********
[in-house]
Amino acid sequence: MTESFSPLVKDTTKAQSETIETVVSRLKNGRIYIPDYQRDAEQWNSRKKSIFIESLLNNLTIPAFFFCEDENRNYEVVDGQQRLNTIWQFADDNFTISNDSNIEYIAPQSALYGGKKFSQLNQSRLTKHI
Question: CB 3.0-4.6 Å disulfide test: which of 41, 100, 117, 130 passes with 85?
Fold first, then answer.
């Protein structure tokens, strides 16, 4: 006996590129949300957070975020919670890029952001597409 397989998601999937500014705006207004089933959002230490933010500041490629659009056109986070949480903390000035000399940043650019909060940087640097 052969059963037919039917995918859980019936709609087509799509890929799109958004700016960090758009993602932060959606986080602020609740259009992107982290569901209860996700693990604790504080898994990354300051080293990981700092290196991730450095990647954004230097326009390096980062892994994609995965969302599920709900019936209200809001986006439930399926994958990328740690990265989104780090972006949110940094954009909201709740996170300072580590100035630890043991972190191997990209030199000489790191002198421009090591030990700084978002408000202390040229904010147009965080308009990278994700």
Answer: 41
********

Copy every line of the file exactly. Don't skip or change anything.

[in-house]
Amino acid sequence: MTESFSPLVKDTTKAQSETIETVVSRLKNGRIYIPDYQRDAEQWNSRKKSIFIESLLNNLTIPAFFFCEDENRNYEVVDGQQRLNTIWQFADDNFTISNDSNIEYIAPQSALYGGKKFSQLNQSRLTKHI
Question: CB 3.0-4.6 Å disulfide test: which of 41, 100, 117, 130 passes with 85?
Fold first, then answer.
């Protein structure tokens, strides 16, 4: 006996590129949300957070975020919670890029952001597409 397989998601999937500014705006207004089933959002230490933010500041490629659009056109986070949480903390000035000399940043650019909060940087640097 052969059963037919039917995918859980019936709609087509799509890929799109958004700016960090758009993602932060959606986080602020609740259009992107982290569901209860996700693990604790504080898994990354300051080293990981700092290196991730450095990647954004230097326009390096980062892994994609995965969302599920709900019936209200809001986006439930399926994958990328740690990265989104780090972006949110940094954009909201709740996170300072580590100035630890043991972190191997990209030199000489790191002198421009090591030990700084978002408000202390040229904010147009965080308009990278994700």
Answer: 41